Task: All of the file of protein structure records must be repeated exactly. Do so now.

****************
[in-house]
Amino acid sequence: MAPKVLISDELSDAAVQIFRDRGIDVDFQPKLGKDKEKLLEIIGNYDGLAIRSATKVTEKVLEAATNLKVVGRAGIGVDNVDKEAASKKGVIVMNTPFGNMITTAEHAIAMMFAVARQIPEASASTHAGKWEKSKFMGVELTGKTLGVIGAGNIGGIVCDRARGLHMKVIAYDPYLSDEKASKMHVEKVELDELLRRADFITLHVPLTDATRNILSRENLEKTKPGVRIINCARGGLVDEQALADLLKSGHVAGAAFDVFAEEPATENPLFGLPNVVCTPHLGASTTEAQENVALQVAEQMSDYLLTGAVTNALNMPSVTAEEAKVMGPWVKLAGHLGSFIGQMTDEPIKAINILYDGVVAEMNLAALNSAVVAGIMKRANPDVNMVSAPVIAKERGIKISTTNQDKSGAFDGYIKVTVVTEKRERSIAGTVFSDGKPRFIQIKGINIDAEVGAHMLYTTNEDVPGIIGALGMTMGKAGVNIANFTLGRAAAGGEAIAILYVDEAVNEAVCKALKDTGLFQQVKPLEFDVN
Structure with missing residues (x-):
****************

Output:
[in-house]
Amino acid sequence: MAPKVLISDELSDAAVQIFRDRGIDVDFQPKLGKDKEKLLEIIGNYDGLAIRSATKVTEKVLEAATNLKVVGRAGIGVDNVDKEAASKKGVIVMNTPFGNMITTAEHAIAMMFAVARQIPEASASTHAGKWEKSKFMGVELTGKTLGVIGAGNIGGIVCDRARGLHMKVIAYDPYLSDEKASKMHVEKVELDELLRRADFITLHVPLTDATRNILSRENLEKTKPGVRIINCARGGLVDEQALADLLKSGHVAGAAFDVFAEEPATENPLFGLPNVVCTPHLGASTTEAQENVALQVAEQMSDYLLTGAVTNALNMPSVTAEEAKVMGPWVKLAGHLGSFIGQMTDEPIKAINILYDGVVAEMNLAALNSAVVAGIMKRANPDVNMVSAPVIAKERGIKISTTNQDKSGAFDGYIKVTVVTEKRERSIAGTVFSDGKPRFIQIKGINIDAEVGAHMLYTTNEDVPGIIGALGMTMGKAGVNIANFTLGRAAAGGEAIAILYVDEAVNEAVCKALKDTGLFQQVKPLEFDVN
Structure with missing residues (x-):